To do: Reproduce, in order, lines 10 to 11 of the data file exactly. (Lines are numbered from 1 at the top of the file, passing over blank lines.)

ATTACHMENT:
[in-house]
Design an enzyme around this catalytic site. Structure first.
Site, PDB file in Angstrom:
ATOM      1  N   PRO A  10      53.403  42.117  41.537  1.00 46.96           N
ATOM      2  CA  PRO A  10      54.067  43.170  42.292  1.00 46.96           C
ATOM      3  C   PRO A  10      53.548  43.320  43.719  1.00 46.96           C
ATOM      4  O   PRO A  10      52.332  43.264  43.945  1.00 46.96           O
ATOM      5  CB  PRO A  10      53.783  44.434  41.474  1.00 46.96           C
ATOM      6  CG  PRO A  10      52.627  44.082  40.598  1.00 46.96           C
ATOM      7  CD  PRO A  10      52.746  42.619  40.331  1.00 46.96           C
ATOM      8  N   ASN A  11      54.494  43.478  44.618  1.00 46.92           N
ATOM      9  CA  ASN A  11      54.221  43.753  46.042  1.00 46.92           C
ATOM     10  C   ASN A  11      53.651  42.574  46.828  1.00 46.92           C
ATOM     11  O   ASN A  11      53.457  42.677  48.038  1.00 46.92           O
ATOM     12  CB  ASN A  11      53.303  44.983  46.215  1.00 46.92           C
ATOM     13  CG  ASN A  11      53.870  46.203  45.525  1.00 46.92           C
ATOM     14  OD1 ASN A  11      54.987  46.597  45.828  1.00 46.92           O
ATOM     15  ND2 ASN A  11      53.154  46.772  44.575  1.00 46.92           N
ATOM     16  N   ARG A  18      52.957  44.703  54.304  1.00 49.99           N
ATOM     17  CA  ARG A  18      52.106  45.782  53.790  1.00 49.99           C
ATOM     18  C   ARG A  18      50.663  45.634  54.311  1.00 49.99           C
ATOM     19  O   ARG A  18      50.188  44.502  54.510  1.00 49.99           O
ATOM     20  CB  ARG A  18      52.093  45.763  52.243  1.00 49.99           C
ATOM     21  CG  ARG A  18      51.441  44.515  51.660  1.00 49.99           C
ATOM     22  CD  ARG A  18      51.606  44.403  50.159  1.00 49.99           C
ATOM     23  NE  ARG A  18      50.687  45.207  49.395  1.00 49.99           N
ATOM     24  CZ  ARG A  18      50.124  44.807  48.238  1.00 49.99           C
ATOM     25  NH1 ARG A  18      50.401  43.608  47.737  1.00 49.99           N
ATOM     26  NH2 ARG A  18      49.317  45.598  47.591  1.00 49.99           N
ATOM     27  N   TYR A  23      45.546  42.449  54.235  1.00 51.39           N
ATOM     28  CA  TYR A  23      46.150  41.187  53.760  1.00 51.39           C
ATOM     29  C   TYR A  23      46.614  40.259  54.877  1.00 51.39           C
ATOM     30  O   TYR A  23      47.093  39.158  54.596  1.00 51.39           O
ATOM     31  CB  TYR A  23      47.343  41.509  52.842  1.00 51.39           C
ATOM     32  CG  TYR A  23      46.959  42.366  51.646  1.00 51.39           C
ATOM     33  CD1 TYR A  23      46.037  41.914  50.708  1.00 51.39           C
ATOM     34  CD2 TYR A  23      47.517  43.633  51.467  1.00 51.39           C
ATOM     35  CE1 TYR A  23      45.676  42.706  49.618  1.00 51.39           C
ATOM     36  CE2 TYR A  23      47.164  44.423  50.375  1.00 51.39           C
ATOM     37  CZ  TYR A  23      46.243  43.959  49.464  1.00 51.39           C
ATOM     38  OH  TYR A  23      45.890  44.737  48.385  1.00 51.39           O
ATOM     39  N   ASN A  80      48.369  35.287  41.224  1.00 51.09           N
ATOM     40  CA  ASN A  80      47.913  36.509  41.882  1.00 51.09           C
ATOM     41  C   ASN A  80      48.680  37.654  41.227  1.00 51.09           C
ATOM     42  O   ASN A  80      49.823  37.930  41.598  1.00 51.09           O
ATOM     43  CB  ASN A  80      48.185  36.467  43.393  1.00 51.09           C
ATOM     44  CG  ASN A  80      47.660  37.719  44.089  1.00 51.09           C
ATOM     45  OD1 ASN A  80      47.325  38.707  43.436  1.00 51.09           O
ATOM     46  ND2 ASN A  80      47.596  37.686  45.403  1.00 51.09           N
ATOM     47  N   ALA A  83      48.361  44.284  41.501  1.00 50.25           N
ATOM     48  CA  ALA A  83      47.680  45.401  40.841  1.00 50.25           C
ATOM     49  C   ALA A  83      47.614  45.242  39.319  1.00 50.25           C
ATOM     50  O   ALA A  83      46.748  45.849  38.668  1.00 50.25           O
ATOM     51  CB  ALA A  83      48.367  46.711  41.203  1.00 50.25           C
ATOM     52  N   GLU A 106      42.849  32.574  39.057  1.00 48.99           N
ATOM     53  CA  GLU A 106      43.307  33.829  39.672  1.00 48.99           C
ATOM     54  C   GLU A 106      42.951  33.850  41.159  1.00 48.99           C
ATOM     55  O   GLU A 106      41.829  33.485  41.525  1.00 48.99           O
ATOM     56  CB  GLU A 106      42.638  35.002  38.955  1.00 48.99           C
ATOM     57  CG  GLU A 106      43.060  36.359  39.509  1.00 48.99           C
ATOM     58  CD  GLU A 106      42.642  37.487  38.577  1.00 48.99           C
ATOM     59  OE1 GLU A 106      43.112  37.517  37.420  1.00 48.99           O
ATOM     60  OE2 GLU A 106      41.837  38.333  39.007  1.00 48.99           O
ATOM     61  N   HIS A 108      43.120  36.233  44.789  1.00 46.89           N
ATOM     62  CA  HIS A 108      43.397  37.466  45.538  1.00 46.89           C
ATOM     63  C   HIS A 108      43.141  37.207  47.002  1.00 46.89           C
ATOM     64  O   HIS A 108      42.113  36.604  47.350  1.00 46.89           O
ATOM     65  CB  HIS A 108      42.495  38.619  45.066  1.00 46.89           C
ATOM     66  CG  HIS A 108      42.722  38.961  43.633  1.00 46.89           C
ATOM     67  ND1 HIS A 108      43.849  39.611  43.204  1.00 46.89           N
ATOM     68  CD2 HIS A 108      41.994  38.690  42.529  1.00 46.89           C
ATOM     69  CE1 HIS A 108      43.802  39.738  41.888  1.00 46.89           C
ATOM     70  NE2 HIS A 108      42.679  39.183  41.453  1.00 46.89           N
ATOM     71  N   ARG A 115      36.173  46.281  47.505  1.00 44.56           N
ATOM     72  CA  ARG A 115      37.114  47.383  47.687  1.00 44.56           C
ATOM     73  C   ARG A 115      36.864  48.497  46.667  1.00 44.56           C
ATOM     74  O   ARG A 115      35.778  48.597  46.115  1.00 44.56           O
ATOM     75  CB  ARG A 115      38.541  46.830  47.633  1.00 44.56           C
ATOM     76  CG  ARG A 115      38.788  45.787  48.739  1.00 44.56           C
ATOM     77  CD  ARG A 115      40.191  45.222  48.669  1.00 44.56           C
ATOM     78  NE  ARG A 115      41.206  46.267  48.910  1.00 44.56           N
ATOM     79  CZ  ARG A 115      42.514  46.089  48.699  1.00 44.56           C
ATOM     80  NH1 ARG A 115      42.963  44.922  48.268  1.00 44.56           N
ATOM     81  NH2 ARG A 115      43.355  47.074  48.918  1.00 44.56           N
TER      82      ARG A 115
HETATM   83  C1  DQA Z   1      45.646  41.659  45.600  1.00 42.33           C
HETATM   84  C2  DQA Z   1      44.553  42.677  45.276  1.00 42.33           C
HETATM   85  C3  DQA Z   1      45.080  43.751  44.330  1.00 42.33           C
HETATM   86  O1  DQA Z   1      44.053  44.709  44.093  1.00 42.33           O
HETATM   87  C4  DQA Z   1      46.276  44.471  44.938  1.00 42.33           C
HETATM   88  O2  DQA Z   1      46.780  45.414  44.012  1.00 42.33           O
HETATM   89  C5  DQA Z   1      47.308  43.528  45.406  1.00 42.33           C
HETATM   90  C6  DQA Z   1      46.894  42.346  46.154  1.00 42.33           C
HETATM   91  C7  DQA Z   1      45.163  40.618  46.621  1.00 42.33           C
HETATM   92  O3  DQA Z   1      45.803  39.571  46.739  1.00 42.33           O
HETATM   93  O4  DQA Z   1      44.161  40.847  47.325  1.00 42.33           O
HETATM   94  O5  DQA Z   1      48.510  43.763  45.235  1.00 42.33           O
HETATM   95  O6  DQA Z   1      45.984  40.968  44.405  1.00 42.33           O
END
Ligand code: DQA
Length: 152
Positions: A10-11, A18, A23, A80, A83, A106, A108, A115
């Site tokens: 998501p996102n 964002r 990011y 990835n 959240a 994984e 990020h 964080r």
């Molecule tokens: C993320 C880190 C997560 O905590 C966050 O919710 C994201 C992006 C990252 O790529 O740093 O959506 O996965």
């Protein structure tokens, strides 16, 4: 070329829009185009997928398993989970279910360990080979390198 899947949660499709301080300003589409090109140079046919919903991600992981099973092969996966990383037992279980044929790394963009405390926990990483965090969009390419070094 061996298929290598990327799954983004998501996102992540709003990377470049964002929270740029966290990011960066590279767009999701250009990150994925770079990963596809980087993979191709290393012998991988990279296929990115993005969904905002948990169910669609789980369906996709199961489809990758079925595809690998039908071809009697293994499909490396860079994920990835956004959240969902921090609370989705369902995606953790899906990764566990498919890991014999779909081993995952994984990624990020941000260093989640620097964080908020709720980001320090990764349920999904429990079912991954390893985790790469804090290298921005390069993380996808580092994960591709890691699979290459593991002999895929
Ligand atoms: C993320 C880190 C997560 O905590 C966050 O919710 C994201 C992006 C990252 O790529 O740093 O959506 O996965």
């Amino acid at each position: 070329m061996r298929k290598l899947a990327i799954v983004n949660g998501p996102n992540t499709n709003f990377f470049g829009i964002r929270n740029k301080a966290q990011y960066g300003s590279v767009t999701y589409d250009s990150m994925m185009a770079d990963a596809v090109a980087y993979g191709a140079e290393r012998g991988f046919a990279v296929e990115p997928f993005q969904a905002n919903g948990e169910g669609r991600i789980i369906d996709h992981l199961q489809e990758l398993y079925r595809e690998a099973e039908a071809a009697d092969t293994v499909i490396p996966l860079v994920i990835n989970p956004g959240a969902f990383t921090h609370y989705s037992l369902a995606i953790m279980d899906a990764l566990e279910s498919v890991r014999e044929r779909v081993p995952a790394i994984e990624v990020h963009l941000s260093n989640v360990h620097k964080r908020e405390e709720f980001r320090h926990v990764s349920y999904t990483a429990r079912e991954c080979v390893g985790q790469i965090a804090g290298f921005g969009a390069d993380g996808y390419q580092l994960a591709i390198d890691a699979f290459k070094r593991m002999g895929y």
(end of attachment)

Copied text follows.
ATOM      7  CD  PRO A  10      52.746  42.619  40.331  1.00 46.96           C
ATOM      8  N   ASN A  11      54.494  43.478  44.618  1.00 46.92           N